Binary Compression

Making use of the memory accessor concept from [1], different precisions are used for data storage and for computation. For H-matrices, dense and low-rank data is represented in different, compressed formats while the arithmetic is still performed in double precision (FP64).

See also https://arxiv.org/abs/2308.10960.


Compression Schemes

HLR uses direct compression where a given accuracy is applied to the full data block and APLR compression which only works for lowrank data.

Direct Compression

Use one of the following compressors during compilation as

> scons compressor=<...>

In addition also none is supported which disables direct compression.

afl

The mantissa bit length is chosen as \(m := \lceil - \log_2 \varepsilon \rceil\) with \(\varepsilon\) being the (relative) lowrank approximation error. For the exponent bit length \(e\), for given data \(D\) the minimal and maximal (absolute) values \(d_{\min}\) and \(d_{\max}\) are determined. Then \(e := \lceil \log_2 \log_2 d_{\max} / d_{\min} \rceil\).

The total bit size \(n\) is then defined as

\(n = 1 + e + m\)

and may be between 3 and 64.

Furthermore, all values are scaled by \(1/d_{\min}\) and shifted by \(1\) such that only the lowest exponent bits need to be stored.

All compressed data is then stored and loaded bit-wise to minimize storage.

aflp

This compression method works identical to afl but the mantissa size \(m\) is increased such that \(n = 1 + e + m\) is a multiple of \(8\). This results in much more efficient memory I/O with a loss in storage efficiency.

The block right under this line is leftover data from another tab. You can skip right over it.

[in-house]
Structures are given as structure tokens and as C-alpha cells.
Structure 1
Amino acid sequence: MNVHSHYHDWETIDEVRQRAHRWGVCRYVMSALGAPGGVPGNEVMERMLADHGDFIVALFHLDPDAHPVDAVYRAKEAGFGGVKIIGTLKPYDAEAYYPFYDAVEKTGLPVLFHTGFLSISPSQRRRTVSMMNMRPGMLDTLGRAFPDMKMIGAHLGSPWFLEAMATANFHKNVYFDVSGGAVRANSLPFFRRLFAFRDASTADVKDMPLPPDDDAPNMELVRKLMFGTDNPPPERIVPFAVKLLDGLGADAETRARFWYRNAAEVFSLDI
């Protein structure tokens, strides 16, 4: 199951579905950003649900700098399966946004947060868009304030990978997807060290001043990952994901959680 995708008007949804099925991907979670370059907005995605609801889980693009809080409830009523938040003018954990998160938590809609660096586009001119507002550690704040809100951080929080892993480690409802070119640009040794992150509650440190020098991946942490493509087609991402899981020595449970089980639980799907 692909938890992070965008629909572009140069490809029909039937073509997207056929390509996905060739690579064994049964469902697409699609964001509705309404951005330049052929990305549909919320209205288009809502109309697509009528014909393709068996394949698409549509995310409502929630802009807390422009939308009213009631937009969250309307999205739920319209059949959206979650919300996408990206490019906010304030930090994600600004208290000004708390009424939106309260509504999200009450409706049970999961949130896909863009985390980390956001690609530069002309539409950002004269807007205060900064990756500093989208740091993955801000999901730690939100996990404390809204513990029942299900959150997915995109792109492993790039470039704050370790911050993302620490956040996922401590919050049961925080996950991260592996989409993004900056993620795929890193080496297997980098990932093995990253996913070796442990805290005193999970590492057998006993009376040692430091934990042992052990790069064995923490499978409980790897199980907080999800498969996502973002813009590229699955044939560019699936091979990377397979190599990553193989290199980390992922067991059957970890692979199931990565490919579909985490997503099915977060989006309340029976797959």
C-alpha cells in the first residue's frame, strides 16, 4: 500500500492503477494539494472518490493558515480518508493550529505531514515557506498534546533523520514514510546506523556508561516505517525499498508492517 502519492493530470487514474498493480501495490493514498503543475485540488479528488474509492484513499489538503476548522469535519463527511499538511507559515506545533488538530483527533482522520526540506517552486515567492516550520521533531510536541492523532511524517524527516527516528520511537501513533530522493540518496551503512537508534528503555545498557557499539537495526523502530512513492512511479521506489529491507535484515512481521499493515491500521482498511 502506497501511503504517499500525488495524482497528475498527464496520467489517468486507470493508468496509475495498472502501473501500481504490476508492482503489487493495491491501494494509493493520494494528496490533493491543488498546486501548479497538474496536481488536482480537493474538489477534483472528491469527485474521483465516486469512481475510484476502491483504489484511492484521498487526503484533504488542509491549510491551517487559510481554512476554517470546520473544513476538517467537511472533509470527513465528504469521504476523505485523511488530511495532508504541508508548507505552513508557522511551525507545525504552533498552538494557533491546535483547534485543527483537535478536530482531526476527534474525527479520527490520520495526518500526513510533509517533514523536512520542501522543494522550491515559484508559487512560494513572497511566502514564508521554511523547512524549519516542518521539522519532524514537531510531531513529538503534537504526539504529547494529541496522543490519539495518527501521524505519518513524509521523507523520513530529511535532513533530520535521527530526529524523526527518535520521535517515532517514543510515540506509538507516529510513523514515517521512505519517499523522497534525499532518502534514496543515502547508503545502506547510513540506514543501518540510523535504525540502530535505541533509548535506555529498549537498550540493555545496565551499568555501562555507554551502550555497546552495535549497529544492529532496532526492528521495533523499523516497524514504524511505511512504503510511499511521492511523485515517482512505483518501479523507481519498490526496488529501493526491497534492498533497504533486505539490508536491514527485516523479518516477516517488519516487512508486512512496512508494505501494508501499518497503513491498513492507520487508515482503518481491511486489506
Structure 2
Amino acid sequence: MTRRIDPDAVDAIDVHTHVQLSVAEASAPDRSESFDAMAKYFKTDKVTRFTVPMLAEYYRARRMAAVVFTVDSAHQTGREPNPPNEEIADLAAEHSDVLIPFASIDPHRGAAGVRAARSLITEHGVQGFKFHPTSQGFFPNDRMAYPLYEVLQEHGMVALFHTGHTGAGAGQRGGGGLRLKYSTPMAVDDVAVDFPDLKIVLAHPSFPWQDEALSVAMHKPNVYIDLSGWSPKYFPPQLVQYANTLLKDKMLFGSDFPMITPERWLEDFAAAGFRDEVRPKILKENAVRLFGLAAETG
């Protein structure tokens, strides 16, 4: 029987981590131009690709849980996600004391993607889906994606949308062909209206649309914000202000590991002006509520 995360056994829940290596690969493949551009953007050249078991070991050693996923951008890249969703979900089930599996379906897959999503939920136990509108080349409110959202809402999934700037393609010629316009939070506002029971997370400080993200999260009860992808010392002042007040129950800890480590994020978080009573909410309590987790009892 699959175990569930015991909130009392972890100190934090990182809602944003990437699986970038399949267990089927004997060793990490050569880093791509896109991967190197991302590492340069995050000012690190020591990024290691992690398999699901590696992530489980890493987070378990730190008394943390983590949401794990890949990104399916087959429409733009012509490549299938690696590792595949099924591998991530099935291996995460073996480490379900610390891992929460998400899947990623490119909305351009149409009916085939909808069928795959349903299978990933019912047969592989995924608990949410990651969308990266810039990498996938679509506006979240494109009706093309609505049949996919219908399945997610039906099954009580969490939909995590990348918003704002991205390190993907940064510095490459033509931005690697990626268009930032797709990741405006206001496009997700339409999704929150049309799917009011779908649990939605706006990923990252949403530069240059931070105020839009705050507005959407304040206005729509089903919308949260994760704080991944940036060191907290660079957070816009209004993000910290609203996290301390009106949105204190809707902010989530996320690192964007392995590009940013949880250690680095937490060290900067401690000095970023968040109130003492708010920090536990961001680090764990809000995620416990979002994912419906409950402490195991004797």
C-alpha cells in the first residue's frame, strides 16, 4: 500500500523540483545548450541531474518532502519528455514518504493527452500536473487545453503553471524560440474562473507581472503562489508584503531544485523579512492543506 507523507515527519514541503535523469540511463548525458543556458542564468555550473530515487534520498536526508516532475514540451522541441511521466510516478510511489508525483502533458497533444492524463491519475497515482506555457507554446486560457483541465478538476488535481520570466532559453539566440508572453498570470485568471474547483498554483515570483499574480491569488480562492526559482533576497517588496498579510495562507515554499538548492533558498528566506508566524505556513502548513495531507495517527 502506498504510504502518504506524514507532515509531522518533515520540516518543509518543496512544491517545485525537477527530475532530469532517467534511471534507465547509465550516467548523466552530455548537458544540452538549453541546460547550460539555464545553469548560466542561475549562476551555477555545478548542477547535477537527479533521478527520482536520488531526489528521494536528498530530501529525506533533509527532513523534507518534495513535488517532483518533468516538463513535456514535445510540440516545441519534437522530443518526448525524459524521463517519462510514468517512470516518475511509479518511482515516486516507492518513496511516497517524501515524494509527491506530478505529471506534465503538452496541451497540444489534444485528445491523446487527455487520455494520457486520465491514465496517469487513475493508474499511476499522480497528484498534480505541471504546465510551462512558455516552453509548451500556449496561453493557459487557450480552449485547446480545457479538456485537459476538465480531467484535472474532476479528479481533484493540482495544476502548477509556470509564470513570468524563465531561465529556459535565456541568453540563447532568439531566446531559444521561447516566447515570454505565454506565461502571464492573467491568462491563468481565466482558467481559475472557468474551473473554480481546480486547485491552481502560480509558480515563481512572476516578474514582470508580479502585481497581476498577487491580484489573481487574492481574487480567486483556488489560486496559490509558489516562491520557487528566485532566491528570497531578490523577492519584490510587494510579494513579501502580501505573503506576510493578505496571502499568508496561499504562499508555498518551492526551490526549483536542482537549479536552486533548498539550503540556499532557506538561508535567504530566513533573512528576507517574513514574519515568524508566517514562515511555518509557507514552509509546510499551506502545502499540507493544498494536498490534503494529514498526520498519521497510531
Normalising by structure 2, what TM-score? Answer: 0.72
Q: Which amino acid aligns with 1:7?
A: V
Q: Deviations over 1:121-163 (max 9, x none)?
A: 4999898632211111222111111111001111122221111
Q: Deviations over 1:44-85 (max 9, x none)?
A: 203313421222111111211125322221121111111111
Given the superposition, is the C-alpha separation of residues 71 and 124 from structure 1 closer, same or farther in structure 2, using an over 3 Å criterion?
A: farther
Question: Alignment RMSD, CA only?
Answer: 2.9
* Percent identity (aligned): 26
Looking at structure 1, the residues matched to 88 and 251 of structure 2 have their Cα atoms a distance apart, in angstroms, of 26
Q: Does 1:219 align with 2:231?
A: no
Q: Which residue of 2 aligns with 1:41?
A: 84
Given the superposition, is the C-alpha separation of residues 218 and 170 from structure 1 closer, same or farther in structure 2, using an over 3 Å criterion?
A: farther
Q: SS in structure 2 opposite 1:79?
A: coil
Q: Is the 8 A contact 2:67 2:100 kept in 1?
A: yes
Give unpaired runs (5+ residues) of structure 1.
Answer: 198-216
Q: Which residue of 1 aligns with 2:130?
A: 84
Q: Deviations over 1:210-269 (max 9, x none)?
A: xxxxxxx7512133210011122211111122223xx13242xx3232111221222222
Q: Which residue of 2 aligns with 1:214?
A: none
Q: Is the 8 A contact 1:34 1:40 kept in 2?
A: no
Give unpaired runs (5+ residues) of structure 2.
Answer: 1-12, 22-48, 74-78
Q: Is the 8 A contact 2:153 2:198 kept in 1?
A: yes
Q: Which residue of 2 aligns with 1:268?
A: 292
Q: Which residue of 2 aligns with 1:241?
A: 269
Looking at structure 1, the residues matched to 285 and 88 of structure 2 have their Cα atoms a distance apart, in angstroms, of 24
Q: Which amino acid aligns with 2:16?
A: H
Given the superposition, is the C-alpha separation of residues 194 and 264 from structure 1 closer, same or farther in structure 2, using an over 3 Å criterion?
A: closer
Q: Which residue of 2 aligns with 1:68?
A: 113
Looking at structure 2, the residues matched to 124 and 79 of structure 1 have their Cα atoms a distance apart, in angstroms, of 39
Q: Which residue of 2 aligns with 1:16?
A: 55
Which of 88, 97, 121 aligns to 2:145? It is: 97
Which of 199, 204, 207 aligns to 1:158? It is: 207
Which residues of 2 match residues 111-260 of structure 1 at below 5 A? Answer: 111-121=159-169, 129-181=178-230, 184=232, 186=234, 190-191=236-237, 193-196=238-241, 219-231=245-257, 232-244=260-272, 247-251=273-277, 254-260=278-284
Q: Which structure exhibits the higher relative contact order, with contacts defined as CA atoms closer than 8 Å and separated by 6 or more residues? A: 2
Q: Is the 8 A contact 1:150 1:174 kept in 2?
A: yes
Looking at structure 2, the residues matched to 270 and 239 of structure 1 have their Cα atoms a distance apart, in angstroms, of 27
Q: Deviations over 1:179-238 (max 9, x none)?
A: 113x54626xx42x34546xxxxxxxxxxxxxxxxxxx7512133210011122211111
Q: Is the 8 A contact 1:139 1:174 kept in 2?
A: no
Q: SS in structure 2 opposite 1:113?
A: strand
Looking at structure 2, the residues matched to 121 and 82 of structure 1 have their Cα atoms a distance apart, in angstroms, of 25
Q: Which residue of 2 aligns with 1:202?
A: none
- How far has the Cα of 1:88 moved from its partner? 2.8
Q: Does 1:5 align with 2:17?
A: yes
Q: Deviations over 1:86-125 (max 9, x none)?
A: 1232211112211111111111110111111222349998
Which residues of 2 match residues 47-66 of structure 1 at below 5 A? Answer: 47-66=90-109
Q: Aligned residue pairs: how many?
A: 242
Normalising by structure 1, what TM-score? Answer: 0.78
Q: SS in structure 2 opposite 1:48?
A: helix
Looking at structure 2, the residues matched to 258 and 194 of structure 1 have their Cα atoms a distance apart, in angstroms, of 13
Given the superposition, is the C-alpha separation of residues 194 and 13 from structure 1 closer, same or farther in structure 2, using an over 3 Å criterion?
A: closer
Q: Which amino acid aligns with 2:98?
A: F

bfl (1-8-m)

This format generalizes BF16/FP32 to arbitrary precision and uses a fixed exponent size of 8 bit but chooses the mantissa length as in afl, again with rounding up for byte aligned storage.

For 16 bit, the format is identical to BF16, for 32 bit identical to FP32 and for 64 bit identical to FP64 (also with 11 bit exponent!).

dfl (1-11-m)

This works in the same way as bfl but uses 11 exponent bits as with the FP64 format.

Posits

Uses the Posits number format implemented by the universal library. Precision bits are chosen as in afl. A constant 2 exponent bits are used. All data is scaled by maximal entry. Storage is bit-wise.

ZFP

Uses the floating point compression library ZFP with constant bit rate, chosen depending on the accuracy.

Better compression result could be achived with ZFP and fixed accuracy mode but then error control was problematic for different problem sizes.

BLOSC

Uses BLOSC for compression with mantissa truncation with bit length as chosen in afl.

APLR Compression

Combines a direct compression scheme with the mixed precision approach from [2].

Define the APLR method via

> scons aplr=<...>

with one of the following or default, in which case the same compressor as for direct compression is used.

In addition to afl, aflp, bfl, dfl, zfp and blosc, two mixed precision methods are implemented.

mp3

Uses a mixed precision approach using FP64, FP32 and BF16 as in [2].

mp2

Uses a mixed precision approach using FP64, FP32 as in [3].


H-Matrix-Construction

Program

The corresponding programs are compress and mixedprec and built as

scons programs=compress,mixedprec frameworks=seq,tbb compressor=<...> aplr=<...>

Set aplr to default to use the same method as for compressor.